• Confusion, particularly in elderly
  • Nausea
  • Temporary memory problem

Rigorous scientific research has not found any evidence of physical brain damage to patients who have had ECT. There is no increased risk of epilepsy, stroke or dementia after ECT

What Are The Contraindications?
  • Specific neurological conditions (e.g.: intracranial hypertension)
  • Certain heart conditions (e.g.: recent myocardial infarction)
  • Allergies (e.g., drugs for anesthesia)

Due to these conditions, the decision to use this therapy is made after a complete physical exam. ECT is given in a treatment room equipped to solve any problems that may arise

Is ECT consent mandatory?

Yes. Before receiving treatment, users (or their representative) must provide written consent to authorize ECT and general anesthesia by signing a consent form. The consent must be free (without coercion or pressure) and informed (in the light of all the information). It is a good idea for the user to be accompanied by a relative or anyone who can help him make a decision.

What is rTMS?

Repetitive Transcranial Magnetic Stimulation (rTMS) uses pulsing magnetic fields to activate or suppress the brain centres associated with medical and psychiatric disorders, thus treating the brain circuits involved in your condition. Treatment is non-invasive and is usually given as an outpatient, generally alongside medication.

How does rTMS work?

rTMS uses a focused electromagnetic field to stimulate certain areas of your brain. These areas affect your impulses, thoughts, emotions and behaviours, and maybe more or less active in people with depression and other mental health disorders.

The doctor or rTMS technician stimulates the brain by placing a magnetic coil against your scalp in a specific area. The coil delivers magnetic pulses to the brain. Research shows that a full course of rTMS can help the brain return to normal functioning

Who can have rTMS?

Patients who have not responded to medications or psychological therapy (treatment resistance)

  • severe depression
  • Obsessive-compulsive disorder (OCD)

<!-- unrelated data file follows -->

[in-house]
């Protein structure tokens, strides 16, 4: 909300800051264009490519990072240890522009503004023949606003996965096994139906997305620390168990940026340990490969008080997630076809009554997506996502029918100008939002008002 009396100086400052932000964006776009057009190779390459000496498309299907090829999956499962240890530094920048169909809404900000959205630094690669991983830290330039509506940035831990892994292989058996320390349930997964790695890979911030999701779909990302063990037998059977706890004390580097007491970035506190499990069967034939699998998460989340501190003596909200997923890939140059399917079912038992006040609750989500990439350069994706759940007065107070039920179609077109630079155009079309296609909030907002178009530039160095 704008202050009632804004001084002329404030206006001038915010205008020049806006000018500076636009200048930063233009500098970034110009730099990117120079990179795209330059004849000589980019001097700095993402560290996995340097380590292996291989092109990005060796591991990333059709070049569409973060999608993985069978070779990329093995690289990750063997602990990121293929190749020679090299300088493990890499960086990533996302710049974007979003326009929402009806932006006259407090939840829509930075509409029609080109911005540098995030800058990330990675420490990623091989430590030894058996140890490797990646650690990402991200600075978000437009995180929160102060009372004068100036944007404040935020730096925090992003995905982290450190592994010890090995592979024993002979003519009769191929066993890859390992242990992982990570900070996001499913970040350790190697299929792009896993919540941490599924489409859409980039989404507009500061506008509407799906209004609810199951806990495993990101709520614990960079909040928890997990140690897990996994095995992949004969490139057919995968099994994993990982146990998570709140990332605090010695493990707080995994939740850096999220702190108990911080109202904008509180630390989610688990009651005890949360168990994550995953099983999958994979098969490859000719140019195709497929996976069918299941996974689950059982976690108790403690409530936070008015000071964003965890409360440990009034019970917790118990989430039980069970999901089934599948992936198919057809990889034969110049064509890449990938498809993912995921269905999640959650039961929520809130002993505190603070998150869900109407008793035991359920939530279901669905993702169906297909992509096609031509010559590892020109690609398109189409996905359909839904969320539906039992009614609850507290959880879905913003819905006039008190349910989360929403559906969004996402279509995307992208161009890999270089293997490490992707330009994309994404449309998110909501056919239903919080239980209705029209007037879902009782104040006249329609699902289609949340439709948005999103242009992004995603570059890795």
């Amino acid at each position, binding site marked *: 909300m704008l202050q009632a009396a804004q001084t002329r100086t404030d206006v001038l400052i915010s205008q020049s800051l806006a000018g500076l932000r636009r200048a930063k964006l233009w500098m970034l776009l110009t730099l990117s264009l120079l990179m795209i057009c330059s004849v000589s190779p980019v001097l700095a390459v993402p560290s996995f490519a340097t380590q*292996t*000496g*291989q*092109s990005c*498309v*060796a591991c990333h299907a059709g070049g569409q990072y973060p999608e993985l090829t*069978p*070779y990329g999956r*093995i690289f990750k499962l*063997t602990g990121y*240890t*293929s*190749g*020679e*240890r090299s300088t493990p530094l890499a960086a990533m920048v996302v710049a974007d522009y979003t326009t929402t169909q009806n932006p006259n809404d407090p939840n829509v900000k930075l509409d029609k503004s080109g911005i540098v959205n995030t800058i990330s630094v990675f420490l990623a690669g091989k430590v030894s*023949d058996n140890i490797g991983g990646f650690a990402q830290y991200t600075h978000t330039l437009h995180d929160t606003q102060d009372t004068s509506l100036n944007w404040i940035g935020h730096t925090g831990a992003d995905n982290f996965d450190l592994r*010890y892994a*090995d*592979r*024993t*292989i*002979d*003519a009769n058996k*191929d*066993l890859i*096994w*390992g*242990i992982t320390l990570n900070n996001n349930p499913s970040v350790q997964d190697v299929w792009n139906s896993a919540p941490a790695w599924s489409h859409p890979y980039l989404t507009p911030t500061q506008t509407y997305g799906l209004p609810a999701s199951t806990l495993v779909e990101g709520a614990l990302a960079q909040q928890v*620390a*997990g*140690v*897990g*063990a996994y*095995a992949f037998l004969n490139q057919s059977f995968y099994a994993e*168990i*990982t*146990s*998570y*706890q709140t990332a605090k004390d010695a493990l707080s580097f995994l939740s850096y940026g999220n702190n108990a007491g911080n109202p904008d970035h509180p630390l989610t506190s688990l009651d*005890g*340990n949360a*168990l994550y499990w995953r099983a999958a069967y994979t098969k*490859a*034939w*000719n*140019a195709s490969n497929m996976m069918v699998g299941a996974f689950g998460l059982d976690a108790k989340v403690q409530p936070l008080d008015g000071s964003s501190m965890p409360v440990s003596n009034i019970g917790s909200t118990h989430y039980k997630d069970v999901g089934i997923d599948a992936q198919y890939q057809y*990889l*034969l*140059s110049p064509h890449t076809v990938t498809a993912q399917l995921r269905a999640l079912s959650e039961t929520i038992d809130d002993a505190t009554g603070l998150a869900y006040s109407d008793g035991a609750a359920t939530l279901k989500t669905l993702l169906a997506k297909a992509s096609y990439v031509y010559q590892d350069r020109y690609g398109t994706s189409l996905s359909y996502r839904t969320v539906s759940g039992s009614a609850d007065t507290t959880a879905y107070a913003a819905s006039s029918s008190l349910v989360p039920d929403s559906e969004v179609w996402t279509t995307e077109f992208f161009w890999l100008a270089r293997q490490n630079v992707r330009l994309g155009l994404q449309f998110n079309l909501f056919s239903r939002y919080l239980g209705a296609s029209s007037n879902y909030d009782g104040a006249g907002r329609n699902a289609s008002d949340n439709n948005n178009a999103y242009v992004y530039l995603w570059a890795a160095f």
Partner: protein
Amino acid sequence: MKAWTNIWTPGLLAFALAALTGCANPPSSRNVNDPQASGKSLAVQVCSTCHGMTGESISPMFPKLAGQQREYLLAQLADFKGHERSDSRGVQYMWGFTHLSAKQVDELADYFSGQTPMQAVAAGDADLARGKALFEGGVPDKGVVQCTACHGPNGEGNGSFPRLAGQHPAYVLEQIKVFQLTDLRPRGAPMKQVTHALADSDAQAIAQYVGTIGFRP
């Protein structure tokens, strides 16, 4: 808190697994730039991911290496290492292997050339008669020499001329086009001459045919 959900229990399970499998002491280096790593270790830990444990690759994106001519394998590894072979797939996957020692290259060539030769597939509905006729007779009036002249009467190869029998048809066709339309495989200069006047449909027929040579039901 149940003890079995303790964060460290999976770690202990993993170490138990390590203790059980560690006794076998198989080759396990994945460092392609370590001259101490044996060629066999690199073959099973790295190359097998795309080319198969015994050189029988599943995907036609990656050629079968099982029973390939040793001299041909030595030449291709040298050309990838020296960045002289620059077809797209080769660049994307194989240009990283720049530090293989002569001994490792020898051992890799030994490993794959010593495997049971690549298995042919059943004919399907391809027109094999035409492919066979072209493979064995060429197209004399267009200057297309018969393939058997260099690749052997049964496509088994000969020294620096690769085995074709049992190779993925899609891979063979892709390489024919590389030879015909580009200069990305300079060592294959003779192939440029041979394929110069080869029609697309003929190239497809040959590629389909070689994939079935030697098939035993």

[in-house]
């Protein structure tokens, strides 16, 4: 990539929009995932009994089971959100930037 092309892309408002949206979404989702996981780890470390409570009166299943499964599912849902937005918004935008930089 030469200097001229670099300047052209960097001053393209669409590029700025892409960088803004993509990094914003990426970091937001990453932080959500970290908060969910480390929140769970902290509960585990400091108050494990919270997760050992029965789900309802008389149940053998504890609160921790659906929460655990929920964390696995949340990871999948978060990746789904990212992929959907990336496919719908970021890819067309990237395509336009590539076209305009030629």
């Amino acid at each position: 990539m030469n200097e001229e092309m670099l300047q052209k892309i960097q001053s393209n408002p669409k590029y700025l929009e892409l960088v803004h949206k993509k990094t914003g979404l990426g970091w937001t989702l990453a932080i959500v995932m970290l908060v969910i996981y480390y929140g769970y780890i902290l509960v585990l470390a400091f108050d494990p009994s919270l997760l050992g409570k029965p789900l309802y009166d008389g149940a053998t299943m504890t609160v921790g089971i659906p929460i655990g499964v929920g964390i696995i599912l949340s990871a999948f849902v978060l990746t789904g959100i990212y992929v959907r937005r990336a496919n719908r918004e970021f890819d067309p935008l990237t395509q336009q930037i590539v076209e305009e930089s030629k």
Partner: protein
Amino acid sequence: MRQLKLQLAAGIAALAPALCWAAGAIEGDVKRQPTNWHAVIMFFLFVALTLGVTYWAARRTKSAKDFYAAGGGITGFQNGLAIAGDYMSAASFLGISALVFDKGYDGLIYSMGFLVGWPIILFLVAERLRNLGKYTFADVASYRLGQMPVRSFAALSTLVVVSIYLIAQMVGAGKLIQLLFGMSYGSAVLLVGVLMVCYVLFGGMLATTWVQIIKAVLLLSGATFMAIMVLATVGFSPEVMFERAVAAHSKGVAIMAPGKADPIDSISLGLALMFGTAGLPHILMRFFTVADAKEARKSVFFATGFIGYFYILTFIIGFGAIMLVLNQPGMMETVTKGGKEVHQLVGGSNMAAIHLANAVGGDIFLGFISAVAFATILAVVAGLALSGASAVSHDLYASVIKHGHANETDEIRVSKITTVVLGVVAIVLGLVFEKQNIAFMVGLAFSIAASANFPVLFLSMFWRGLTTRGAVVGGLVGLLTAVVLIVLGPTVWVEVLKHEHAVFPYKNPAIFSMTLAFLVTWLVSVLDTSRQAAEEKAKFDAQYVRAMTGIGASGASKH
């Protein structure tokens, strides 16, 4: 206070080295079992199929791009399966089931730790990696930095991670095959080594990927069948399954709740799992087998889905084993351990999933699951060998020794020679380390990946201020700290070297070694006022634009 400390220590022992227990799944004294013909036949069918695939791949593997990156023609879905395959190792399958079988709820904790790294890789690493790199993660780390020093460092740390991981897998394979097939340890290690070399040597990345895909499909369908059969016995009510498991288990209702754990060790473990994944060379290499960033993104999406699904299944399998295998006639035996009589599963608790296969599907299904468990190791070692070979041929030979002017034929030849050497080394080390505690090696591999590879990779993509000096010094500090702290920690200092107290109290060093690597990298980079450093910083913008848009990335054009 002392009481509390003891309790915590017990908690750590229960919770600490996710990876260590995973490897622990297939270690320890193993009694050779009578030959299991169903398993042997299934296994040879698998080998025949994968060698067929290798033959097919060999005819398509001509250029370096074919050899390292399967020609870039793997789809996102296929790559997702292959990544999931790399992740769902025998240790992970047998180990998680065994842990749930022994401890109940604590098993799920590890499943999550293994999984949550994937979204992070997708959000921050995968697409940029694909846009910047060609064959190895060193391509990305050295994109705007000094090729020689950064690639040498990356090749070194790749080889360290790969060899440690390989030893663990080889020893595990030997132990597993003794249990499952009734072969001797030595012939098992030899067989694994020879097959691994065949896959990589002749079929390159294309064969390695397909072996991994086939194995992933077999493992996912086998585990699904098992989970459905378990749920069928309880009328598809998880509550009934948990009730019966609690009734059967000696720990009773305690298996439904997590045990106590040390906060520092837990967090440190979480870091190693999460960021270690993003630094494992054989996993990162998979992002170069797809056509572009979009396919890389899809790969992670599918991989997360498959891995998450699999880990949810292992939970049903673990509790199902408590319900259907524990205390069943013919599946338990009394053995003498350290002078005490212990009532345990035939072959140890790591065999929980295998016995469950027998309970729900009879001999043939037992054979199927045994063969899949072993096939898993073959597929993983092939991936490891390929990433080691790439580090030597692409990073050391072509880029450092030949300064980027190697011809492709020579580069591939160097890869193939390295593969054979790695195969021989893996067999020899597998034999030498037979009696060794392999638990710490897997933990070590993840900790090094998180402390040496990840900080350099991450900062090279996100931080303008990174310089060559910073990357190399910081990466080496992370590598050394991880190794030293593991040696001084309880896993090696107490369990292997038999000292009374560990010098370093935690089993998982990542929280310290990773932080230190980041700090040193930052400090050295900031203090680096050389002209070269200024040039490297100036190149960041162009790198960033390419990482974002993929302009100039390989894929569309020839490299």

• Anxiety
  • It is also being studied for use in other mental health conditions such as
    • Bipolar affective disorder
    • Generalized anxiety disorder
    • Post-traumatic stress disorder (PTSD)
    • Substance use disorders
    • Eating disorders (anorexia and bulimia nervosa)
    • Psychotic disorders
    • Autism spectrum illness
Who can’t have rTMS?

Given The High Magnetic Fields Needed, You Are Unable To Receive Rtms Treatment If You Have Any Type Of Non-Removable Metal In Or Near Your Head, Except For Braces Or Dental Fillings. Therefore, People Who Have Any Of The Following Should Not Receive Rtms:

  • Aneurysm clips or coils
  • Stents in the neck or brain
  • Deep brain stimulators
  • Electrodes to monitor brain activity
  • Metallic implants in your ears and eyes
  • Metal shards, shrapnel or bullet fragments in or near the head
  • Facial tattoos with metallic or magnetic-sensitive ink (please discuss with us if in you are unsure)
  • Other metal devices or object implanted in or near the head
What does rTMS involve?

Treatment with rTMS usually involves daily sessions of up to 30 minutes (but often less than 10 minutes), five days a week, for four to six weeks.

What are the possible side effects?

Common side effects

  • Scalp pain during treatment (feels like static electricity and gets better after the first few sessions
  • Headaches
  • Fatigue (feeling tired) after treatment